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Nazi Film Melodrama

Laura Julia Heins

Publication Year: 2013

Focusing on German romance films, domestic melodramas, and home front films from 1933 to 1945, Nazi Film Melodrama shows how melodramatic elements in Nazi cinema functioned as part of a project to move affect, body, and desire beyond the confines of bourgeois culture and participate in a curious modernization of sexuality engineered to advance the imperialist goals of the Third Reich. Rather than reinforcing traditional gender role divisions and the status quo of the nuclear family, these films were much more permissive about desire and sexuality than previously assumed. Offering a comparative analysis of Nazi productions with classical Hollywood films of the same era, Laura Heins argues that Nazi melodramas, film writing, and popular media appealed to viewers by promoting liberation from conventional sexual morality and familial structures, presenting the Nazi state and the individual as dynamic and revolutionary. Drawing on extensive archival research, this perceptive study highlights the seemingly contradictory aspects of gender representation and sexual morality in Nazi-era cinema.

Published by: University of Illinois Press


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pp. 1-3

Title Page

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p. 4-4


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p. 5-5


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pp. v-vi

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pp. vii-viii

I deeply appreciate all the support I have received over the years in completing this project. I am indebted to Brigitte Peucker, from whose teaching my idea for this book first arose, for her feedback on my writing and for her valuable professional assistance and advice. ...

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Introduction. Melodrama in the Nazi Cinema: The Domestic War

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pp. 1-12

The Nazi film industry, although the weapon of a regime founded on brutal militarism, produced at least ten times more domestic and romance melodramas than war films. Cinema was highly instrumentalized in the Third Reich, yet at first glance the chosen forms for the transmission of Nazi ideology may not always appear logical. ...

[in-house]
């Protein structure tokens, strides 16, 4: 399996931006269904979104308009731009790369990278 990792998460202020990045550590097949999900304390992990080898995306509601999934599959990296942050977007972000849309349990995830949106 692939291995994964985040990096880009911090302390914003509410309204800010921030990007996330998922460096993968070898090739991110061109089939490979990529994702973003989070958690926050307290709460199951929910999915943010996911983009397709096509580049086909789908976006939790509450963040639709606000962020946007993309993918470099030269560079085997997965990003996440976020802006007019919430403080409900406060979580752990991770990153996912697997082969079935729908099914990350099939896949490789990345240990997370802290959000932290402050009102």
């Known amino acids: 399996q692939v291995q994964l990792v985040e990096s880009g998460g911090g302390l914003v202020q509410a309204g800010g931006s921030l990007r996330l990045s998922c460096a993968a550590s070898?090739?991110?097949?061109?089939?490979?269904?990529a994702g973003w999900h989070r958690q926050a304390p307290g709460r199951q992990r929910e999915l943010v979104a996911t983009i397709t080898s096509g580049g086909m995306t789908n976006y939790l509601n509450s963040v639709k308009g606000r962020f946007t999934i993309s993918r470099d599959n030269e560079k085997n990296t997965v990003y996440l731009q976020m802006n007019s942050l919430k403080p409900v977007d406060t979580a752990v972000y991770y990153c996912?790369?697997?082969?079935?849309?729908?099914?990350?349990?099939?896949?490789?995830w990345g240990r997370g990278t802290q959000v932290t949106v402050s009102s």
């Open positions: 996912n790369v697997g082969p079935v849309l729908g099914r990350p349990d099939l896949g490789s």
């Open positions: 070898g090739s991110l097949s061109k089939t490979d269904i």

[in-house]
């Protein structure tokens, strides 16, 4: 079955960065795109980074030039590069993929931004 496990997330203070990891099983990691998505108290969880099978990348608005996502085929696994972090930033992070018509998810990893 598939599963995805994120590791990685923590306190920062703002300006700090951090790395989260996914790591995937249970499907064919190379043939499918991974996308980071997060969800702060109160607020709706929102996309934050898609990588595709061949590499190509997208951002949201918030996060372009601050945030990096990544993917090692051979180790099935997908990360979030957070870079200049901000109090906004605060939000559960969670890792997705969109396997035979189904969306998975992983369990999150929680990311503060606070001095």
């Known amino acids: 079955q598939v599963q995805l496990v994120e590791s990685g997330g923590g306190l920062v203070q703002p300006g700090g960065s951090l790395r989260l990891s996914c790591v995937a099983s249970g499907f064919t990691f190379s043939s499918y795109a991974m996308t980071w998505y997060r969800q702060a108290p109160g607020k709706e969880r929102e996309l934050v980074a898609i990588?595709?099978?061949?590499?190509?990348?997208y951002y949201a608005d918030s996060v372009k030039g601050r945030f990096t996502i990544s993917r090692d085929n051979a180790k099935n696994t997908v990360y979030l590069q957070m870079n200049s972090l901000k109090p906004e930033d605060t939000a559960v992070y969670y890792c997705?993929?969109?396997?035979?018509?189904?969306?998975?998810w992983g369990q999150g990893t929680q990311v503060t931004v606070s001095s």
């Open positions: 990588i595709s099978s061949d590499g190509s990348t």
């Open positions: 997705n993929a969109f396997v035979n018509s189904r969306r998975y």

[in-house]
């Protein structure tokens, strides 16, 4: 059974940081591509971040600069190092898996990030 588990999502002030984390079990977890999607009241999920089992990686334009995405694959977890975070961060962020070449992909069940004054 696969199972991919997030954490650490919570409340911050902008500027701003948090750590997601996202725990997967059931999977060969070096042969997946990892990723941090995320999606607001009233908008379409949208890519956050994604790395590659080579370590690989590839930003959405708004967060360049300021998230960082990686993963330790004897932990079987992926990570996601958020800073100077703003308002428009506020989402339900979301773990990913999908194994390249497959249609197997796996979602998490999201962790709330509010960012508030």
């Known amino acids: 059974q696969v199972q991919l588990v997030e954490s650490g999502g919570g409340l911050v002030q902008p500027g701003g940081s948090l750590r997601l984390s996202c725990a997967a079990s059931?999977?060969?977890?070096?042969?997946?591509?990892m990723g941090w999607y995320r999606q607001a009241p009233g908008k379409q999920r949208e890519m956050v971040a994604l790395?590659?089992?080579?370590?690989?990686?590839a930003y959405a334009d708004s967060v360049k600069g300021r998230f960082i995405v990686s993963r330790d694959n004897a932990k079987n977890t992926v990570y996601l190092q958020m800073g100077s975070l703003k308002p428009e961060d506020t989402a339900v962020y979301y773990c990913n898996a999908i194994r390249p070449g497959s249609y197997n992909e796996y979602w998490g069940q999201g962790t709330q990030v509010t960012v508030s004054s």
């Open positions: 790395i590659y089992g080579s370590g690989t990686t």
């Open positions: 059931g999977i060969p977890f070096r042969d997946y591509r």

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1. An Aesthetics of Aggression: German Fascist vs. Classical Hollywood Melodrama

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pp. 13-44

Melodrama, as Linda Williams asserts, is the “fundamental mode of popular American moving pictures.”1 According to this account, almost all Hollywood films can be considered melodramatic, including “male genres” such as Westerns, war films, film noir, and action films. Melodrama, of course, can also be considered the fundamental mode of fascist film. ...

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2. The Nazi Modernization of Sex: Romance Melodrama

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pp. 45-94

According to a statistical analysis of the titles of films produced during the Third Reich, Frau(en) and Liebe were the most common nouns used in naming products of the Nazi cinema.1 “Women” and “love” were the terms deemed most effective for drawing audiences to the theaters, and presumably they were also considered the most effective ...

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3. Breaking Out of the Bourgeois Home: Domestic Melodrama

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pp. 95-142

In 1943 a stenographer in Frankfurt was arrested by the SS for circulating the following satirical poem among colleagues in her office: “The one who rules in the Russian way, / His hair styled according to French fashion, / His mustache cut in the English manner, / And was himself not born in Germany, / ...

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4. Germany's Great Love vs. the American Fortress: Home Front Melodrama

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pp. 143-192

When the United States entered the Second World War in 1941, the American film melodrama went to battle against the Nazis, and Nazi cinema continued to fight for supremacy over Hollywood. After he saw Hollywood’s first major home front melodrama of World War II, Mrs. Miniver (1942), ...

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Epilogue. Reprivatization after Nazi Cinema: Postwar German Melodrama

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pp. 193-204

In spring 1944, as the Reich was preparing for total war and nervously anticipating the Allied invasion, stories of Wehrmacht officers’ lavish lifestyles in occupied territories circulated among the German home front populace, disillusioning many who believed in the mythic power of an ordered and unified Volksgemeinschaft. ...


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pp. 205-224


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pp. 225-232


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pp. 233-240

E-ISBN-13: 9780252095023
Print-ISBN-13: 9780252037740

Page Count: 280
Publication Year: 2013